If you use top in Terminal, you may occasionally see apps with hugeVSIZE values. I know this because Witch, one of our apps, is an example of such—it's VSIZE can exceed 11GB.
In trying to figure out why this was so (short answer seems to be: we can't control it, but it's not a problem), I ran across an interesting command, vmmap. This command will spew out a ton of detail about virtual memory usage. Stringing a couple Unix commands together, though, you can extract just the summary portion of the report.
If you use Pages, you may occasionally want to put a border and/or colored background around some text. There are a few ways to do this; you can insert a graphic object and put text in it, but this then requires positioning, and you can't easily edit it with your other text.
You can also use the More tab of the Text inspector to add borders and background colors; for borders only, this method works great (as long as you want a full-width box). But if you add background color (to the paragraph, not characters), you'll find it's not quite right–the color doesn't fill to the edges, and spills out slightly at the top and/or bottom.
So what's the solution, if you don't want a full-width border, or you want a background fill in your box? Select the text to be boxed, and choose Format > Table > Convert Text to Table.
You'll get a one-column-wide table, over which you have complete control of colors, borders, spacing, etc.
It is possible to send an SMS command to your Mac using an AppleScript. I've made one which takes a picture when I send the command /photo to iMessages on my Mac.
The script is very simple; it must be set up Messages' Alerts preferences. Choose Event > Message Received, then check Run an Apple Script. This will check each message you get for the command; in this case, /photo.
The script will turn the volume all the way down (and up again) before taking a picture with PhotoBooth so it does not make any noise.
Then you can make a symbolic link from the PhotoBooth folder to your Dropbox so you can check the photos from your mobile device.
Here's the script:
using terms from application "Messages"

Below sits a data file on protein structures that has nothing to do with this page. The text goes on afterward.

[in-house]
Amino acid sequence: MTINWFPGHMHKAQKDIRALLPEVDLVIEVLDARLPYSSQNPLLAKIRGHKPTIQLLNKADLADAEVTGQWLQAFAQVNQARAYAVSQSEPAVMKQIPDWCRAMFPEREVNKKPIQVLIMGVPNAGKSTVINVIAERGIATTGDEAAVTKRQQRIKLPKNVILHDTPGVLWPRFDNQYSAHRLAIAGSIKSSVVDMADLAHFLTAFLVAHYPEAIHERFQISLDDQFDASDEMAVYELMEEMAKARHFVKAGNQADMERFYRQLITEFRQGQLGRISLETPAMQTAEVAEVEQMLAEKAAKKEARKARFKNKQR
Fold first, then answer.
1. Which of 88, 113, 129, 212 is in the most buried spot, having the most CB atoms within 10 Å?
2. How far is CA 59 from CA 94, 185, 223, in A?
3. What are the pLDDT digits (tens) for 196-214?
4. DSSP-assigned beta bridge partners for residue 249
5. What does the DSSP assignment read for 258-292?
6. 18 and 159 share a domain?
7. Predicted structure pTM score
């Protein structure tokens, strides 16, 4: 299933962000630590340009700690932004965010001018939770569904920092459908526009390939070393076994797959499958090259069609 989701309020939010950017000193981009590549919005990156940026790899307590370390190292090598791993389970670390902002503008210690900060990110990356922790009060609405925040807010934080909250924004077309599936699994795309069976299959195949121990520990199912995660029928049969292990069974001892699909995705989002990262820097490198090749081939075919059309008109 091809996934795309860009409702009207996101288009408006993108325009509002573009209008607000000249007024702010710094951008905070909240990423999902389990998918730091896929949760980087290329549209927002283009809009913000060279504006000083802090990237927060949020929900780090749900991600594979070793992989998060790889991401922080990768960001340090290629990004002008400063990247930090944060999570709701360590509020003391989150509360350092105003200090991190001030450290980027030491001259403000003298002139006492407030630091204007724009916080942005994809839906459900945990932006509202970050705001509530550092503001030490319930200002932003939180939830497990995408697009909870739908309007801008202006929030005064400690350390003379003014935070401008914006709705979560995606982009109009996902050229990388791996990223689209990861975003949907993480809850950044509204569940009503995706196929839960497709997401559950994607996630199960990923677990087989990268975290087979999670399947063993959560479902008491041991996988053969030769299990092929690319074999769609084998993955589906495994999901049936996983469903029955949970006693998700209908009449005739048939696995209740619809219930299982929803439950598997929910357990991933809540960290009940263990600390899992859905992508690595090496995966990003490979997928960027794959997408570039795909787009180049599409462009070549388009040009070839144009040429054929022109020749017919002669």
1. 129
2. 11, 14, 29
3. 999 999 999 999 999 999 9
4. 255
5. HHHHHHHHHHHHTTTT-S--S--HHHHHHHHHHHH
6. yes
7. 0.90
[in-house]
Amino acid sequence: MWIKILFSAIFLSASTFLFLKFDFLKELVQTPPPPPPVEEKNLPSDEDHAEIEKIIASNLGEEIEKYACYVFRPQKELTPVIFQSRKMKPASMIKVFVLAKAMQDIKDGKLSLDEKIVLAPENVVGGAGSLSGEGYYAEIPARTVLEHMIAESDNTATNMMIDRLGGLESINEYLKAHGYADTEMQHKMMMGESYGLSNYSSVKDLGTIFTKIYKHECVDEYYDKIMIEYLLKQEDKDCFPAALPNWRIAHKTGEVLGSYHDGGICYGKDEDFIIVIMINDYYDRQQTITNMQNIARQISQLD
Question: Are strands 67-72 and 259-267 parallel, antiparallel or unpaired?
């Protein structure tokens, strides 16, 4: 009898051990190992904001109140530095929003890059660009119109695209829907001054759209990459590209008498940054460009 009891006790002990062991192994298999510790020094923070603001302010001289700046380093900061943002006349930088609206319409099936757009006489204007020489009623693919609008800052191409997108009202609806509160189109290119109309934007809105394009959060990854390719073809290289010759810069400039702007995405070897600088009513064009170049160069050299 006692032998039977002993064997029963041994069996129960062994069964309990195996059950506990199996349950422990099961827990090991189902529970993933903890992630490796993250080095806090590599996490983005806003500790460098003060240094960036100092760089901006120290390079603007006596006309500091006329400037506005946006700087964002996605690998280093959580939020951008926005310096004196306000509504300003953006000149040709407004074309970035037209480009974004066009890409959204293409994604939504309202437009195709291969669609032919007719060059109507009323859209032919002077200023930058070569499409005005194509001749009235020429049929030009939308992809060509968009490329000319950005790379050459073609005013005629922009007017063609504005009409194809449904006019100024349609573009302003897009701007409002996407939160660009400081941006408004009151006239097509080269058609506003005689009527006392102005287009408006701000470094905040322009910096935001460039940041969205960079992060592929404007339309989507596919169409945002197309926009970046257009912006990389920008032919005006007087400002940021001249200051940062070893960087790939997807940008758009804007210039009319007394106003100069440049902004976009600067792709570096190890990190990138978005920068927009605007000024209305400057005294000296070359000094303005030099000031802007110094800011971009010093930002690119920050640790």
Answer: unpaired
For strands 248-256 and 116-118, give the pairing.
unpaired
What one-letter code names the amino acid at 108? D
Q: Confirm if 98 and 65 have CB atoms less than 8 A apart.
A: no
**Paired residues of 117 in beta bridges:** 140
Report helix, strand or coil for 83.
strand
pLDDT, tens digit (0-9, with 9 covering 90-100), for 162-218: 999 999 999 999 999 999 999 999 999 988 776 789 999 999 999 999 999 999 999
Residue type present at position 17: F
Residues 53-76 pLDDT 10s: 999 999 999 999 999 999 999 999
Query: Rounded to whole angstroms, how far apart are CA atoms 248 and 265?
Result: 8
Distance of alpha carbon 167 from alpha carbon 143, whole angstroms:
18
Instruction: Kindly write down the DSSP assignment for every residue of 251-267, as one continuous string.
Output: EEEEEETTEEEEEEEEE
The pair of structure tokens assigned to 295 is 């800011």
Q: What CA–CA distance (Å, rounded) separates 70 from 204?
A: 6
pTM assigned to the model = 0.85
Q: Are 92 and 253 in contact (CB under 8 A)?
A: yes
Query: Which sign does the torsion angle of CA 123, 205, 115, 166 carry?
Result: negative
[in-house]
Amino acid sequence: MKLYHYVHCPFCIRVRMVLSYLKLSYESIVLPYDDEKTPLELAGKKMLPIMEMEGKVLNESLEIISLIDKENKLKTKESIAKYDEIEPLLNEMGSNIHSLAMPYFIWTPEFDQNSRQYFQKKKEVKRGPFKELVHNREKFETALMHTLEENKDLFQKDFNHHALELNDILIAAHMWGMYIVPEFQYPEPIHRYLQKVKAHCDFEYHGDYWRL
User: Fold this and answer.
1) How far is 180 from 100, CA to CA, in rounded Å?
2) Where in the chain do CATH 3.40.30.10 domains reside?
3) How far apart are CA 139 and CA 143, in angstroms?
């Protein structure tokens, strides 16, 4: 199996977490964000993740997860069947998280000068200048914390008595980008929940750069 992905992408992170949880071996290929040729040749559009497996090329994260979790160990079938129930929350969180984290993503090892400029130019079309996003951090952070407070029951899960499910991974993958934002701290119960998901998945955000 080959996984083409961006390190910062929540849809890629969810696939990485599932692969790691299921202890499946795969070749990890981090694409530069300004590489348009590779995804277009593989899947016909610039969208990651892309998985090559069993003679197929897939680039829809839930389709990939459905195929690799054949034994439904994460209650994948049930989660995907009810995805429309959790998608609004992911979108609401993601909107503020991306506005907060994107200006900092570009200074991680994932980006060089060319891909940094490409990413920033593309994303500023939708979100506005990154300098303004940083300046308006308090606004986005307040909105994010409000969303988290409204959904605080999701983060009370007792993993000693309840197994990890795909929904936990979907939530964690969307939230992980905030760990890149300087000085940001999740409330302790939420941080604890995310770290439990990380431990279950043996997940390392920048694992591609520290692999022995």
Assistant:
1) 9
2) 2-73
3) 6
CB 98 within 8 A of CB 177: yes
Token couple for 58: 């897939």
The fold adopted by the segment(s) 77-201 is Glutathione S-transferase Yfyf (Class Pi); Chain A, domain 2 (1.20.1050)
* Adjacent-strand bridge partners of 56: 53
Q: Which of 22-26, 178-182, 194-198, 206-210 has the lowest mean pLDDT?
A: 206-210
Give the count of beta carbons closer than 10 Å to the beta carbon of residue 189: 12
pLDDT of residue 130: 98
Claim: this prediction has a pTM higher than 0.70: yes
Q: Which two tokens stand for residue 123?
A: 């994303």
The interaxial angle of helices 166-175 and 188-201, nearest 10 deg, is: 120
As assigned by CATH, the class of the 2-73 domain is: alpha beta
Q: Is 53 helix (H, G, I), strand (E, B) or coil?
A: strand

on message received theMessage from theBuddy for theChat
if (theMessage begins with "/") then
if theMessage begins with "Photo" then
set volume 0
tell application "Photo Booth"
tell application "System Events"
tell process "Photo Booth"
tell application "Finder"
set visible of process "Photo Booth" to false
tell menu bar 1
tell menu bar item "File"
tell menu "File"
click menu item "Take Photo"
tell application "Photo Booth"
set volume 3
end message received
end using terms from
[kirkmc adds: Note that this only works with iMessages (I tried for a while to get it to work with regular chats, and it wouldn't). It's worth noting that the ability to send a text message and set off a script is something very useful, and I can imagine plenty of scripters figuring out other types of remote commands they can send to their Macs. Feel free to submit them as hints.]
I was adding a Smart Playlist to iTunes (10.7) and could not find the option to add nested rules... until I held down the Option key and the plus icon became an ellipsis which then provided the ability to add a nested rule.
[kirkmc adds: This isn't new in iTunes 10.7, but rather iTunes 10. However, I see that it's not on the site, so it's worth mentioning. Apple has a technical note about smart playlists, and they call the ellipsis button the "Nest" button.]
When viewing Spotlight search results, there are a number of shortcuts you can use to quickly perform actions or your search or its results. Simply move your cursor over an item, or use the arrow keys to navigate, to select items.
View the search term in Dictionary: Command-D
View the search term in a Quick Look "look up" dictionary window: Command-L
View the search term in Wikipedia: Command-W
Perform a web search for the search term: Command-B
View a selected result in a Quick Look window: hover cursor over an item
Reveal selected result in Finder: Command-R
Open the Top Result: Command-T
Open a selected result: Command-O, or Enter, or Return
Display a Finder Info window for a result: Command-I
[kirkmc adds: Any others? I listed this as 10.7, but I'm not sure they all work in Lion; I know some of them do.]
I've occasionally seen issues where Mac App Store downloads failed, with a message saying "The product distribution file could not be verified. It may be damaged or was not signed." Topher Kessler writing at CNET showed a way you can resolve this issue.
When this download problem occurs, it is generally the result of a corrupted file in a cache folder. If you run this command in Terminal:
a folder will open in the Finder showing a number of cache folders for different applications. Delete the com.apple.appstore folder, then quit and relaunch the App Store application and try the download again.
Apple recently published a technical note explaining how to enable the adaptive firewall in OS X Server. This is a type of firewall that automatically creates temporary rules according to certain events. For example, a number of failed login attempts will cause the adaptive firewall to create a temporary rule to block the IP address attempting to log in.
To do this, run the following commands as an administrative user:
Apple recently published a technical note about a problem saving photos from Mail to iPhoto in Mountain Lion. I actually came across this problem recently, and there was no feedback suggesting that the photos were not saved. Fortunately, I had a Time Machine backup of the email containing photos in question.
The fix is simply this: launch iPhoto, then drag the photos - one by one - from the e-mail onto the iPhoto icon in the Dock.